That was trademark Raheem Sterling – and it's not often we've been able to say that.
There was a lot of excitement and expectation when Chelsea signed the 28-year-old in July of last year from Manchester City. After a seven-year spell at the Citizens that ended with 10 major honours and 131 goals, a move back to London, a place Sterling considers home, saw him end up at Stamford Bridge.
Sterling was Thomas Tuchel's 'marquee' attacking signing in what turned out to be a very busy first transfer window for Todd Boehly and Clearlake Capital at Chelsea. Three goals in his opening five games for the Blues saw the England international make a fast start to life in west London but things became increasingly difficult for the winger after that.
Just two goals prior to the World Cup campaign that got underway in November, albeit in an underperforming Chelsea team, saw Sterling come in for some criticism. His house was then burgled while he was in Qatar on England duty for the World Cup, something that could undoubtedly – and very understandably – have rocked him mentally.
The second half of the season has seen Sterling produce some really poor form, with supporters becoming increasingly frustrated with his performances. When he was brought on at Bournemouth last weekend, there were some boos, seemingly in Sterling's direction, coming from the travelling supporters. He quickly silenced them with a fantastic solo run to set Joao Felix up for the fourth and final goal of the game.
That assist alone may have been what persuaded Frank Lampard to start the winger instead of Mykhailo Mudryk against Nottingham Forest in the 2-2 draw on Saturday afternoon. Mudryk had started against Bournemouth seven days before but Sterling was given the nod for the visit of Forest.
A frustrating first-half was encapsulated by Sterling taking too long to get a shot off when in a one-on-one situation after being played through by Enzo Fernandez. The hesitation from the England international allowed Felipe to get back into position and block what looked a tame effort on his left foot.
However, Lampard must've said something at half-time to his team. They looked a different side. And to Sterling, who looked a different animal.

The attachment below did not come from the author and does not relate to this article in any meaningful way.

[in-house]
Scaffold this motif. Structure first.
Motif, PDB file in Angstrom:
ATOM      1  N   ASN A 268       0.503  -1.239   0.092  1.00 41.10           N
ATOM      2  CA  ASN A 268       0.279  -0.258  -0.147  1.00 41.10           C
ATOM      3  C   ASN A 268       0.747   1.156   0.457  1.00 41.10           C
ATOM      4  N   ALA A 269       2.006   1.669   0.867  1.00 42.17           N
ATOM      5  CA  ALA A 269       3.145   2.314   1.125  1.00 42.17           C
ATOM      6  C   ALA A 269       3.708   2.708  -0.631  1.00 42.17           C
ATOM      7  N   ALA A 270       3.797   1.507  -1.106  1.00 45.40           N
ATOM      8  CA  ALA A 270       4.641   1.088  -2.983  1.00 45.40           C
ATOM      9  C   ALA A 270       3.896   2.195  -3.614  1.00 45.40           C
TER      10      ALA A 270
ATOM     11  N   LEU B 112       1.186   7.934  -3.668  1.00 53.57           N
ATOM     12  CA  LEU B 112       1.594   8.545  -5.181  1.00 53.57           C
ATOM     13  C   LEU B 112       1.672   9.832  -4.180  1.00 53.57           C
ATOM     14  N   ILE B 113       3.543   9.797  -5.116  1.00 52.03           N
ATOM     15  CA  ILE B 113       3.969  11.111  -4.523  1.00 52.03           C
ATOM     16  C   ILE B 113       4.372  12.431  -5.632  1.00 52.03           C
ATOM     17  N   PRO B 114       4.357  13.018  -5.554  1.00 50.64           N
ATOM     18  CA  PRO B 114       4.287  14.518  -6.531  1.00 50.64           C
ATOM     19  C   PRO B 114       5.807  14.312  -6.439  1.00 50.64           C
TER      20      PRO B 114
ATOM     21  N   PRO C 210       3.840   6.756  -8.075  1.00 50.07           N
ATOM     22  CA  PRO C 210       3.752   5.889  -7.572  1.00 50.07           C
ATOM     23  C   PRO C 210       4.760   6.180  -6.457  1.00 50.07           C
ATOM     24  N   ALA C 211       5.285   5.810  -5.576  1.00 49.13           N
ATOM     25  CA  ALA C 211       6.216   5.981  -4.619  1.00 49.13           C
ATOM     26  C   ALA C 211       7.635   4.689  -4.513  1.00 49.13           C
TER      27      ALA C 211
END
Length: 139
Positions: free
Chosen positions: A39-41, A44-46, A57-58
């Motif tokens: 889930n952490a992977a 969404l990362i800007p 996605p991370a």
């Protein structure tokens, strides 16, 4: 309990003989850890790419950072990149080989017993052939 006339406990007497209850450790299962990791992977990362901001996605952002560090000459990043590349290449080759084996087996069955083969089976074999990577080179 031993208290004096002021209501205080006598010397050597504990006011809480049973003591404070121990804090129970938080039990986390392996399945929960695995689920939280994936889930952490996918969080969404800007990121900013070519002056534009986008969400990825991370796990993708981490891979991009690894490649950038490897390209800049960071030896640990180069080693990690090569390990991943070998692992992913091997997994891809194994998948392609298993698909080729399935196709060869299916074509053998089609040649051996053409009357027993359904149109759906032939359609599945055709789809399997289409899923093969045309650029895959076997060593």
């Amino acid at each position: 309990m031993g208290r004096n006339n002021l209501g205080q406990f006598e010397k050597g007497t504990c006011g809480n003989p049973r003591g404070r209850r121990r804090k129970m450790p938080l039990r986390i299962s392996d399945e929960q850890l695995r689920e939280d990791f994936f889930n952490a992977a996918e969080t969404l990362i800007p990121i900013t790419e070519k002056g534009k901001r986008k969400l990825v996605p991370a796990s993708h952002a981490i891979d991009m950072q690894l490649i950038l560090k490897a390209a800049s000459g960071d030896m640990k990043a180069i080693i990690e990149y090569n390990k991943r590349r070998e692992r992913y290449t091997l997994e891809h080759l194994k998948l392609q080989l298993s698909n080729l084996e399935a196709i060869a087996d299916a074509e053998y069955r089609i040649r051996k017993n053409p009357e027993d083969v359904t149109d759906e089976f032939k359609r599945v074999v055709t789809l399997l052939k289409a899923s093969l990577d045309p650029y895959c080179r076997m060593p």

A low cross from Trevoh Chalobah on the right-hand side, albeit via a couple of deflections, found Sterling who beat Keylor Navas in the Forest goal. Moments later, it was 2-1 to Chelsea – this time, Sterling sat down Felipe, cut the ball onto his favoured right foot and found the far corner with an unstoppable effort. It was what we've come to expect from Sterling over the years. It was the Manchester City version of Sterling.
"Raheem is a player that has the credit in the bank, as such, that he's been a regular goal scorer in the Premier League and for his country," Lampard told reporters after the game. "To see him score there, that's Raheem, arriving for a cross and then individual brilliance. I'm very happy for him.
"It's what we need at the top end of the pitch. Raheem has done it and he's done it again. You need to win games when you have 76 per cent possession and you need killers at the top end of the pitch and Raheem has proven to be that. At the moment, we do not have enough of that."
It's a great point made by Lampard. Chelsea do not have enough of that at the moment. Sterling hasn't been a said 'killer' all season-long, unfortunately, but when he's in that sort of mood, we remember what kind of player he really is.
Mauricio Pochettino has agreed a deal to become the new Chelsea head coach, as football.london reported on Saturday evening. The Argentine is yet to sign the contract at Stamford Bridge but it's understood an agreement is in place for him to take charge of the team in the summer.
Pochettino will have loads of work to do over the summer and at the start of next season in order to try and transform this Chelsea squad into winners again. One thing he is going to need to do is turn these attacking players into the 'killers' Lampard referred to, but he already has one in Sterling who has proven it over the years.
The likes of Noni Madueke, who clearly has an abundance of talent, needs that killer instinct. Madueke wasn't so sharp against Nottingham Forest on Saturday but in the previous two outings at Arsenal and Bournemouth he was one of the strongest attacking players. At Bournemouth, it was clear to see that end product was missing from his game, otherwise he would be a genuine world-class talent.
It's the same with Mudryk, Kai Havertz, Joao Felix – the list goes on. It's been the same with Sterling for the majority of the season but on Saturday, the winger showed his nasty side, his killer side. He sent a message against Forest. He's not done.
Pochettino needs killers. Chelsea need killers – albeit not in the literal sense, of course – to get back to where they should be.